“If you are watchful, and you are diligent, you could be the missing link between these criminals and the justice they so richly deserve.”
Cue the spooky synthesizer music. Cue the title with the number 1-800-WATCHFUL (1-800-928-2438). Cue the narrator with one more admonition that, “If you have information as to the whereabouts of any of the suspects listed in this evening’s program, call the toll-free number listed from your touch-tone telephone. The only thing missing from justice being served, is you.”
It never meant anything until he looked up at the man ahead of him in line for the bumper cars. There was no mistaking it. It was him. Him him. Matty was sure of it. He was on the show just last night. He held up an armored car in 1968. Or maybe he killed somebody at a convention of circus clowns in 1977. He may have been a UFOlogist of some reputation.
It was a little hard for Matty to remember specifically. He may have been in the middle of an epic Tetris session on his Game Boy when the segment was airing, but he knew he saw this guy on the show.
“Have you ever been on The Solution To This Mystery Is You?”
As soon as the question escaped Matty’s lips, the man’s eyes went wide. Matty knew in that moment that he had his man, whoever he was.
His mother inhaled so sharply that she negatively impacted their air pressure around them. “Matty!” she turned to the man. “You have to forgive him. When these boys aren’t jumping plumbers and hedgehogs, they’re glued to the damned TV.”
Matty scoffed and became indignant. “But mom!”
“Matty!” she insisted, the order implicit. She turned back to the man from Mystery. “Back when we were kids, we would get smacked”
The man looked down to Matty and winked. “It was a simpler time,” he replied to Matty’s mother, and then followed the ride attendant’s direction to take the blue car closest to the ride’s exit.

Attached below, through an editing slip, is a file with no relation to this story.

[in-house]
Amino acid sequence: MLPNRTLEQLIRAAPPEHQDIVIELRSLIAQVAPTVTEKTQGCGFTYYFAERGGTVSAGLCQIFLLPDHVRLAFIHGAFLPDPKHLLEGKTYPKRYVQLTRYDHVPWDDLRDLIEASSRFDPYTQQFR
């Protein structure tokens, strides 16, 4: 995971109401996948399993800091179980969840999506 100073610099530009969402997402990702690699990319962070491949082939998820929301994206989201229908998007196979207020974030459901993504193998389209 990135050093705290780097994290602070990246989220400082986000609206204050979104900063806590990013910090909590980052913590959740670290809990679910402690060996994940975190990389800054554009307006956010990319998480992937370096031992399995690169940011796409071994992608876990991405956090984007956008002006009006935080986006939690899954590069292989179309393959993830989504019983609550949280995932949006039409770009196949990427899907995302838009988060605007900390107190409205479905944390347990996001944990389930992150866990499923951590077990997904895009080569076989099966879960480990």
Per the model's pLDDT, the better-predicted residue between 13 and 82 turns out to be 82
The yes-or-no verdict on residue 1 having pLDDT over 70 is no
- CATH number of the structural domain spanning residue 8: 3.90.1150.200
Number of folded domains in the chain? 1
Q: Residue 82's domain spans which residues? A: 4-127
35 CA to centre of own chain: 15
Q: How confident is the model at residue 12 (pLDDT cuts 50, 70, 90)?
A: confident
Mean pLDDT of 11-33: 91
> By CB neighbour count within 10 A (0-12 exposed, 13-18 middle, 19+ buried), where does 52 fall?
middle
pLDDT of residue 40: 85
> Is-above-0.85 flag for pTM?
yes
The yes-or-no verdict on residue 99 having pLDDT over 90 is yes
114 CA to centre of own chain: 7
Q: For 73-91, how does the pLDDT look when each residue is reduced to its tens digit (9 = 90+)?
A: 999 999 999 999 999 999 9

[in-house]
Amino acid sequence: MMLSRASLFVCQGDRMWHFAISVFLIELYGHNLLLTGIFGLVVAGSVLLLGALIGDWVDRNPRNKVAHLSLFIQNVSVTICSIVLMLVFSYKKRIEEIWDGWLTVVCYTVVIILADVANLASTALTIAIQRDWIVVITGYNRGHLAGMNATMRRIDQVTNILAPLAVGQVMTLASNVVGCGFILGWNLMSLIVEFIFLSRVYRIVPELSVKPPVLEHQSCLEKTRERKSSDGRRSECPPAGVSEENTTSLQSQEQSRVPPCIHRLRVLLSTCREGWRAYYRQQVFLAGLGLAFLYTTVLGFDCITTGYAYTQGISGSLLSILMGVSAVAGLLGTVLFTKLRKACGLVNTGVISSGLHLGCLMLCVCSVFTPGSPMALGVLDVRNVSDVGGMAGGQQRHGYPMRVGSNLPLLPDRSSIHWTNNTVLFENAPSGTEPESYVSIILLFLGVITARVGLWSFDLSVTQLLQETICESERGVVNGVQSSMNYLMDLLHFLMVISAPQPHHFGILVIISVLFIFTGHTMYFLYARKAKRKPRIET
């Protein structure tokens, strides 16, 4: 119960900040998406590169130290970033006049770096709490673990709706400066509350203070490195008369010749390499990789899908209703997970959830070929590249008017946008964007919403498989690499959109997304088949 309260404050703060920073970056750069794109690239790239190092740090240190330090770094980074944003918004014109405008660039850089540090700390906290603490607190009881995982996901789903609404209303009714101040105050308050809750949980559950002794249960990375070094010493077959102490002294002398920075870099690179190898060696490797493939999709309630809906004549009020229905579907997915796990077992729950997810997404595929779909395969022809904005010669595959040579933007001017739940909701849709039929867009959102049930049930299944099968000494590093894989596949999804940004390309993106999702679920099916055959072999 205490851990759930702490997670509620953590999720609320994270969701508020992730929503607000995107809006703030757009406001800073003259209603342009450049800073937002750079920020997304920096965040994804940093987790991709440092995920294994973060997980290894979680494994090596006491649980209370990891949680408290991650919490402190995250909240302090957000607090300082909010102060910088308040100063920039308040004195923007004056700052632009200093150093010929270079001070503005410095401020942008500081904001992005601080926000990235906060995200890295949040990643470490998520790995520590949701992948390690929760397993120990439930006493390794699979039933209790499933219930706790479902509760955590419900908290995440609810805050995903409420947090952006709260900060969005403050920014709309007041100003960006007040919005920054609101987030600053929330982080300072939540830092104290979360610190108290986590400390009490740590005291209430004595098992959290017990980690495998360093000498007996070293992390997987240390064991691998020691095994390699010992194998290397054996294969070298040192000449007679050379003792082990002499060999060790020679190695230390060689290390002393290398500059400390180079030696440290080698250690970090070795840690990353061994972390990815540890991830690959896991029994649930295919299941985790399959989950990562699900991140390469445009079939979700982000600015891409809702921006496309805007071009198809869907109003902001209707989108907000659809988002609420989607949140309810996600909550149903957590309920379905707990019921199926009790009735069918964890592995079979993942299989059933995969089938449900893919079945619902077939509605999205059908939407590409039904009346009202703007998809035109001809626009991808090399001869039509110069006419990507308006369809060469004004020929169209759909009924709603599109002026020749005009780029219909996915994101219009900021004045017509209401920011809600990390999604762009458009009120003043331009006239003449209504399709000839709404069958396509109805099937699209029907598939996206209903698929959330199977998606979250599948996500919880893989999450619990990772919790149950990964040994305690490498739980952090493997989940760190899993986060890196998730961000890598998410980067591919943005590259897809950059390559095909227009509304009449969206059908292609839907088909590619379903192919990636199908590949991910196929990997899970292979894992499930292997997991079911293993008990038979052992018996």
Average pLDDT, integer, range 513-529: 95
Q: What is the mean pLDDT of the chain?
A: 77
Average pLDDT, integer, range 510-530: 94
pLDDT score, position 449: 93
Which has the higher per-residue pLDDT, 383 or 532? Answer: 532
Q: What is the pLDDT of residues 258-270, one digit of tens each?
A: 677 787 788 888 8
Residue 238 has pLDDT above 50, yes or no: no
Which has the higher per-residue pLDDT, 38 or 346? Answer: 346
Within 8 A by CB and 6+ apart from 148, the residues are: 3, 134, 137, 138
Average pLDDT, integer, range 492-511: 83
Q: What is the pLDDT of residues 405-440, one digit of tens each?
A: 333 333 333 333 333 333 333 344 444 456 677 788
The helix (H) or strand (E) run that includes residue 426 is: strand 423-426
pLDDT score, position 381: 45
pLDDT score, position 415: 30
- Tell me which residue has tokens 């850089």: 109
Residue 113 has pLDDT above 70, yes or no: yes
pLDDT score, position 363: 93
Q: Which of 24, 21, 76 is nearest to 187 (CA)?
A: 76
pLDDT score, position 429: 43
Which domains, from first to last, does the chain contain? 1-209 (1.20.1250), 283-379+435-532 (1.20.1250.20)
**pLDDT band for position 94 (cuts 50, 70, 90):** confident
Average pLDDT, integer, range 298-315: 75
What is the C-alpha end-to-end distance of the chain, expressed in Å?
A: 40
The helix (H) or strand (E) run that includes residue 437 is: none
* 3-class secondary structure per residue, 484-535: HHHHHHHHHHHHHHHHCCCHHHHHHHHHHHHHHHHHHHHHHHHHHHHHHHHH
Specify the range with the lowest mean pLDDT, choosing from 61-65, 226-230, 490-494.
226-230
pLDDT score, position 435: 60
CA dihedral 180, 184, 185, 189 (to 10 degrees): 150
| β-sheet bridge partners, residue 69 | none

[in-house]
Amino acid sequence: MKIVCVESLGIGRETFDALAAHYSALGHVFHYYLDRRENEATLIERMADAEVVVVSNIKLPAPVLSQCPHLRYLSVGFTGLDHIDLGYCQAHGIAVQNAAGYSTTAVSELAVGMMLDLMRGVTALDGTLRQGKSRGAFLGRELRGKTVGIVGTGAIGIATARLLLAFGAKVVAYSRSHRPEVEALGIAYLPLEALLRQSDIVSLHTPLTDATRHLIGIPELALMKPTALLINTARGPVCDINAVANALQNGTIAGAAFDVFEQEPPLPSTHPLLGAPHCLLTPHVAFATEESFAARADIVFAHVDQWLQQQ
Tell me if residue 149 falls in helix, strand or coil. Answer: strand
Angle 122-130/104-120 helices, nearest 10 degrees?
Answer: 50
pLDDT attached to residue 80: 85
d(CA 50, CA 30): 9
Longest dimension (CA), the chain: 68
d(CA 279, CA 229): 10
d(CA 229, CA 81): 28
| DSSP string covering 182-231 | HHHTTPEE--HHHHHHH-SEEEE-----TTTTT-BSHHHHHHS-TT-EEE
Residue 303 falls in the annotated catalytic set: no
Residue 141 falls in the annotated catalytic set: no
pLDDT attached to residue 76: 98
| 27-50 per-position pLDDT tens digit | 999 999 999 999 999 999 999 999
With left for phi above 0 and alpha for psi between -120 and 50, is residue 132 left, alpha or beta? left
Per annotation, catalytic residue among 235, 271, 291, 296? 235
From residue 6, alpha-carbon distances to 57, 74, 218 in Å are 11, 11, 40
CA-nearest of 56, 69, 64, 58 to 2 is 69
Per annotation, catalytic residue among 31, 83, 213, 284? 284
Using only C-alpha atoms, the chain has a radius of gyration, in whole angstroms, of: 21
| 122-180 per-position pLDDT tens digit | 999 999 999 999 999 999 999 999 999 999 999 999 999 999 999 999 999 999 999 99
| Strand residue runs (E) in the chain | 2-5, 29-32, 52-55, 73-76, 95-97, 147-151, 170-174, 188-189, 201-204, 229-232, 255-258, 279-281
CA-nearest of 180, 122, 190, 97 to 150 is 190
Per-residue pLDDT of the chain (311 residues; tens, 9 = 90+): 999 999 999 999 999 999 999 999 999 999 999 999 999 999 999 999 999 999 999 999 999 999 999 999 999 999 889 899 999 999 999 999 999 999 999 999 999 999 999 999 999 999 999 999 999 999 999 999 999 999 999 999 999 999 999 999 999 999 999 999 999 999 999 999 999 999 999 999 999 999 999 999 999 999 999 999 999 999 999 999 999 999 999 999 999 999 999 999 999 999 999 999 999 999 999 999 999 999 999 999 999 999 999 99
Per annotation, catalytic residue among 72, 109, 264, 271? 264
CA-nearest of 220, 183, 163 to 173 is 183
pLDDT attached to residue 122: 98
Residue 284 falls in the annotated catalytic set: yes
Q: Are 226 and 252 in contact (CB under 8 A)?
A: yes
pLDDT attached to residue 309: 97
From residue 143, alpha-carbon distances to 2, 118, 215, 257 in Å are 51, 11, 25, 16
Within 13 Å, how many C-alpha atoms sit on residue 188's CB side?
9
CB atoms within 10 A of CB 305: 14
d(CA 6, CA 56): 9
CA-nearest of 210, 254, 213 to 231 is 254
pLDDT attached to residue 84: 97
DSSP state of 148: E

Matty eyed the man the whole way and took extra care to note the brief moment where he appeared to eye making a run for the exit, before opting instead to take a car as directed. Matty figured that he didn’t want to make a scene, but opted not to mention that assessment to his mother. She wasn’t going to be of much help here, it appeared.
As the bumper car session began, a chase between Matty and his prey ensued. The man from the TV tried to keep his distance, but this was not Matty’s first time behind the wheel. He cornered the TV man and bumped him relentlessly. Eventually the attendant had to intercede, and Matty could tell from the look on his mother’s face that he needed to find some other kind of tactic if he was ever going to fulfill the promise of his favorite TV show.
No ideas came before the ride ended. The man from the TV leapt out of his car and walked as calmly as he could toward the fair entrance. There would be no second chances; Matty’s career as a fighter of crime and defender of justice had ended just as quickly as it began. What’s more, his mom was probably not going to want to hear anything more about it.
Three days later, local news was saturated with the story of police capturing of Robert Smith, ending a twenty year flight from justice after he had murdered a convenience store clerk in 1974. He had been captured not far from the site of the state fair.
For years to follow, Matty used this incident as a way to cut through any acute reaction of skepticism from his mother. By his own estimation, it allowed him to get away with up to 35 percent more adolescent shenanigans during the first few years of the 21st century than he might have otherwise. Still, he would have liked to catch the asshole himself. If they had been waiting in line for ferris wheel, Matty might have been the one to do it. Damned bumper cars.